As if price-conscious shoppers needed more convincing, a new study published in the October issue of Consumer Reports magazine states "store brand products can compete with their name-brand counterparts and save shoppers more than a thousand dollars a year on grocery bills." According to Tod Marks, senior projects editor for the magazine, "The study reaffirms that store brands are worth a try."
Five supermarket chains were evaluated and prices for private-label or store-brand vs name-brand items were compared for 30 everyday items. Consumer Reports found the average savings with store brands was 30%, while its researchers found nutrition similar for most of the tested products.
Yet, shoppers need coaxing to trust some store brands — many, ironically, created by big name brands.
"Although they'll snap up store-brand paper goods and plastics, at least half of our survey respondents rarely or never buy store-brand wine, pet food, soda, or soup," Consumer Reports noted. "That may be especially true when the category includes a name-brand superstar such as Coca-Cola or Campbell's."
Store brands have grown in popularity during the recent recession. Some 84% of U.S. shoppers bought store brands in the past year, and 93 percent of those who purchased store brands said they would keep buying them even after the economy recovers. Nationally, almost one in four products sold in supermarkets are store brands, accounting for a record $55.5 billion in sales last year, according to Consumer Reports.
As for taste, national brands still edged out store brands, but not by much. Consumer Reports tested 21 brands in head-to-head taste match-ups. The national brands won seven times, the store brand beat out the national brand three times, and the remaining eleven tests resulted in ties. Hellmann's mayonnaise topped Jewel, Land O' Lakes butter beat Wegman's, and Bumble Bee tuna trounced Target's Market Pantry. But Food Lion's Lotsa Noodles soup was preferred over Campbell's Chicken Noodle, Publix Premium orange juice bested Tropicana, and A&P brand America's Choice hot dogs beat out Oscar Meyer.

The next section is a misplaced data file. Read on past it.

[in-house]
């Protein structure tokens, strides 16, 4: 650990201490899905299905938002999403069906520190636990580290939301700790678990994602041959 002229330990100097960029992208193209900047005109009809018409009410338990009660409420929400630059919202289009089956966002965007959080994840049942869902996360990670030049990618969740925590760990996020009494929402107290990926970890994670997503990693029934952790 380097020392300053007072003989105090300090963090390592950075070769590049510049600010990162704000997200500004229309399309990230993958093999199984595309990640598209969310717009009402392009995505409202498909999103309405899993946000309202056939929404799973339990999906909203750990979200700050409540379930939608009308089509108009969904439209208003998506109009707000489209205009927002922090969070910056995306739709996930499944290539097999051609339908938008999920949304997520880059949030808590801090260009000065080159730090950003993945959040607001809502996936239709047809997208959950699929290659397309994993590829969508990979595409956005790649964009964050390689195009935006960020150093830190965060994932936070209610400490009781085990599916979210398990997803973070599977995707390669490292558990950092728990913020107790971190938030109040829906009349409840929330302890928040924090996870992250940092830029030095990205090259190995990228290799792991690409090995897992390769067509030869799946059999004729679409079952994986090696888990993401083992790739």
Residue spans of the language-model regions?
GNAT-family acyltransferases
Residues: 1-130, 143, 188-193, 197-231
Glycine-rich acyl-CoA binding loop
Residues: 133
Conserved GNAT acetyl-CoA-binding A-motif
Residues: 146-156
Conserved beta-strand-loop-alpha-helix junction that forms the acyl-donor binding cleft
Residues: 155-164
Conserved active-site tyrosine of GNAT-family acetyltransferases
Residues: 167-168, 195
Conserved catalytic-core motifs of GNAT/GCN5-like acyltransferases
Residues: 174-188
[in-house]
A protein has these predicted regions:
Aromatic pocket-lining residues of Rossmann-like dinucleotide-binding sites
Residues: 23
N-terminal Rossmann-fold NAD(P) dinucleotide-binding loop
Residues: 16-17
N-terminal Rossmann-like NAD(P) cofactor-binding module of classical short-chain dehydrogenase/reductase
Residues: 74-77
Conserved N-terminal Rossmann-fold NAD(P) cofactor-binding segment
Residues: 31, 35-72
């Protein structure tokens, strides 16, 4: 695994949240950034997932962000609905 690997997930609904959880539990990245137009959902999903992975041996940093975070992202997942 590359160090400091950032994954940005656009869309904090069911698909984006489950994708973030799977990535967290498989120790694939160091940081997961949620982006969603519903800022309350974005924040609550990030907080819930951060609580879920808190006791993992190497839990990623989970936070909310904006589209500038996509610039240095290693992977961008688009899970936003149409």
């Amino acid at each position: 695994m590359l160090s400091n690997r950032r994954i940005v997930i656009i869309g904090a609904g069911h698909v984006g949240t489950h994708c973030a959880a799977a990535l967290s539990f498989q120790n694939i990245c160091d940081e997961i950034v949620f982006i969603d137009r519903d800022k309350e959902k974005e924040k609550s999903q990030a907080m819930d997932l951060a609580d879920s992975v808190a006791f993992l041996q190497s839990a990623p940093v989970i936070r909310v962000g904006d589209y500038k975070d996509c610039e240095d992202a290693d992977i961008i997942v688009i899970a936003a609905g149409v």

Consumer Reports noted that some store brands are actually manufactured by companies that also make nationally-recognized brands, accounting for similar quality. The magazine also said that the price difference between store brands and national brands may be narrowing because national brands have found it necessary to lower their prices or make promotional offers to remain competitive.
Based on its survey, CR concludes that "there's no reason store brands shouldn't hold their own against the big boys. After all, some of the same companies manufacture both. Among the big names that also make store-brand products: Sara Lee (baked goods), Reynolds (wraps, storage containers), 4C (bread crumbs, iced tea, soup mixes), McCormick (seasonings, extracts, sauces, gravies), Feit (lightbulbs), Manischewitz (frozen appetizers, soup mixes, side dishes), Joy Cone (ice cream cones), Stonewall Kitchen (gourmet condiments, specialty foods), and Royal Oak (charcoal)."
Interestingly, two examples of a different type of store brand—"second tier" brands, which may cost even less—fared worse in CR test, and indicate one category that may not stick with price-conscious consumers: the second-tier Kroger Value Sandwich Singles Imitation Pasteurized Process Cheese Food and Albertsons-purchased Shoppers Value creamy peanut butter.